Table of Contents
International Journal of Bacteriology
Volume 2016, Article ID 1959418, 11 pages
Research Article

Occurrence of Potential Bacterial Pathogens and Their Antimicrobial Susceptibility Patterns Isolated from Herbal Medicinal Products Sold in Different Markets of Gondar Town, Northwest Ethiopia

1Department of Medical Laboratory, Debark Hospital, P.O. Box 196, Debark, Ethiopia
2School of Biomedical and Laboratory Sciences, College of Medicine and Health Sciences, University of Gondar, P.O. Box 196, Gondar, Ethiopia

Received 3 November 2015; Accepted 8 February 2016

Academic Editor: Mariagrazia Perilli

Copyright © 2016 Abdela Yesuf et al. This is an open access article distributed under the Creative Commons Attribution License, which permits unrestricted use, distribution, and reproduction in any medium, provided the original work is properly cited.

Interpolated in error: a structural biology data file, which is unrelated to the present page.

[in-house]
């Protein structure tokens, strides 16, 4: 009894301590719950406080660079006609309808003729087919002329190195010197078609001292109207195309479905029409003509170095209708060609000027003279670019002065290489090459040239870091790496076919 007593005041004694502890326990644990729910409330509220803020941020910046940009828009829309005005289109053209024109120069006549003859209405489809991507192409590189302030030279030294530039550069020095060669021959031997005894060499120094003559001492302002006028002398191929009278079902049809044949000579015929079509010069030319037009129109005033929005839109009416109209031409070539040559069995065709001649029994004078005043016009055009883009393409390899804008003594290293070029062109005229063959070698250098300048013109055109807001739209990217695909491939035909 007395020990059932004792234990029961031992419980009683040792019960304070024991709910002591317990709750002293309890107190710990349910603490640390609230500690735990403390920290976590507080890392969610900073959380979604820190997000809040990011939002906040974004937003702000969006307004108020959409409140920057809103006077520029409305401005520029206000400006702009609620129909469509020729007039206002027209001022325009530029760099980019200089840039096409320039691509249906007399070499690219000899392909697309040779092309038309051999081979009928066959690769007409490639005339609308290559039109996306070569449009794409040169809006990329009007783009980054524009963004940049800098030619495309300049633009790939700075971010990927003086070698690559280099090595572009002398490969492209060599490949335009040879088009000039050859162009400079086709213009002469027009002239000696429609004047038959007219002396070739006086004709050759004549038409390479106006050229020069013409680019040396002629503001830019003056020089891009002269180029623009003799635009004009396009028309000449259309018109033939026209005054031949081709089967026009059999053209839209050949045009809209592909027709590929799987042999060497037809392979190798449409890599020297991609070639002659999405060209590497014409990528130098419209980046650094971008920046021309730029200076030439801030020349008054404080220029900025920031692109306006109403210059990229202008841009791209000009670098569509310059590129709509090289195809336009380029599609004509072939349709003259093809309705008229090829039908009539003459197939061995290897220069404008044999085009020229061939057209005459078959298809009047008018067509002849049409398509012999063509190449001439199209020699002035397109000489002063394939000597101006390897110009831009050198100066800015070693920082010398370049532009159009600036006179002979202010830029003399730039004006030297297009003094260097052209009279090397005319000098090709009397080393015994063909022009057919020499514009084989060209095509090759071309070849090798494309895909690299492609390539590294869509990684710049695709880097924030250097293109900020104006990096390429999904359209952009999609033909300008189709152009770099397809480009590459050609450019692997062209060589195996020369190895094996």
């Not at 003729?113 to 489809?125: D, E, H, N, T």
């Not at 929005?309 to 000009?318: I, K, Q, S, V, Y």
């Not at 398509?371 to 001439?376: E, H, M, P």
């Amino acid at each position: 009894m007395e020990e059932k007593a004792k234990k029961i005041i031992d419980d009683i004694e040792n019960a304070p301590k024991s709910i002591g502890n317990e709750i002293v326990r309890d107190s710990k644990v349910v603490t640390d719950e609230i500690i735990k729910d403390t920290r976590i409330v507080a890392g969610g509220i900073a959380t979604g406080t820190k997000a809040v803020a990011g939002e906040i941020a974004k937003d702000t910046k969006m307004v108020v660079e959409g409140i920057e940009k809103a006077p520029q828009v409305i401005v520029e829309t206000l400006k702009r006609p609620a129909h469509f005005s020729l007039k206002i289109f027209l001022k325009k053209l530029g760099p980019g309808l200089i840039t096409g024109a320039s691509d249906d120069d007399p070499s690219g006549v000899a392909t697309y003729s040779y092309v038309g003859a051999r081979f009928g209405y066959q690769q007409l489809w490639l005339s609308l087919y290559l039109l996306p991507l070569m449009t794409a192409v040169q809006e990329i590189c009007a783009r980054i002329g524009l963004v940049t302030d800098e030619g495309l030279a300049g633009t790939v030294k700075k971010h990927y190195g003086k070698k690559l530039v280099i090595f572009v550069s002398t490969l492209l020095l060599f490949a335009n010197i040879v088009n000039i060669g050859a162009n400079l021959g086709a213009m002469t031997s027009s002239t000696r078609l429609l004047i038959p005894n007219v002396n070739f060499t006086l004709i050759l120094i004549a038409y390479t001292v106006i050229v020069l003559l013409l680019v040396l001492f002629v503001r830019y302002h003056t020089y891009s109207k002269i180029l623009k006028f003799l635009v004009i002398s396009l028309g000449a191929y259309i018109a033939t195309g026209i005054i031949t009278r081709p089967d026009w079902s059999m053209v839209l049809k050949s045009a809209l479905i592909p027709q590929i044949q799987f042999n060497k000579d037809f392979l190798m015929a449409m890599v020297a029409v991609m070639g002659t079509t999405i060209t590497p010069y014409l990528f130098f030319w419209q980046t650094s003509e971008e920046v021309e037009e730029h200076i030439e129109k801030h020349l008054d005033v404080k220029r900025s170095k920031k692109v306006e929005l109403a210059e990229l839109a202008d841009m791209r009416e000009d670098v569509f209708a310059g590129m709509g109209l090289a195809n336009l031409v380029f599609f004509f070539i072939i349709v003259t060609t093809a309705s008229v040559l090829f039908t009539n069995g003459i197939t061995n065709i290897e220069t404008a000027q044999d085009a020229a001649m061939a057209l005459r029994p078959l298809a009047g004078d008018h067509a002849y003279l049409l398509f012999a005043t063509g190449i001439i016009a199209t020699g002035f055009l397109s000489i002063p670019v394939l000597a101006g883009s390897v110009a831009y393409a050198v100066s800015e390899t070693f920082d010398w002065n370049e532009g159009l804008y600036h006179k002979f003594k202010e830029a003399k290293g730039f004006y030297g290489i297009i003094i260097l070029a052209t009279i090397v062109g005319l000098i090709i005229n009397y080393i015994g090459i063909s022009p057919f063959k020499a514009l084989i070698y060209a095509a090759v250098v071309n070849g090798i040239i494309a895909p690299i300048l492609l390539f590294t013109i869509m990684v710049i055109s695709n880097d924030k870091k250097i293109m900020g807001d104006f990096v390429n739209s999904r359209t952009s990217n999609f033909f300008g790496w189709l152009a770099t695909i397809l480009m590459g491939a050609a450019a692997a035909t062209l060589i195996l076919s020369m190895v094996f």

Background. The World Health Organization estimates that about 80% of the world’s population uses herbal medicine to treat various illnesses as means of primary healthcare. However, during preparation, herbal plants may be exposed to contamination by potential pathogens, and this may lead to infections. The aim of this study was to determine bacterial contamination of herbal medicinal products and to assess the antibiotic susceptibility pattern of the isolated bacteria. Methods. A cross-sectional study was conducted from January 1 to May 25, 2013, at Gondar Town. A total of 55 samples used as oral, local, and intranasal routes of administration were collected from the herbalists. Results. In the present study the total aerobic bacterial count ranges from zero to  CFU/g with mean count of  CFU/g or mL while the total coliform count showed an average of  CFU/g or mL with a range of zero to  CFU/g. The most common bacteria isolated were Bacillus spp. followed by Enterobacter spp., Shigella dysenteriae, and Salmonella spp. Multiple drug resistance was not uncommon and it was found that 125 (83.4%) of the isolates were resistant to two or more antibiotics. Conclusion. Herbal medicinal preparations were highly contaminated with pathogenic microorganisms with high microbial load. Most of the isolates have multiple drug resistance. Using those contaminated herbal medicines may lead to infection of other health related risks. Therefore, this warrants urgent training of herbalists and management scale-up for quality and safety of medicinal plants.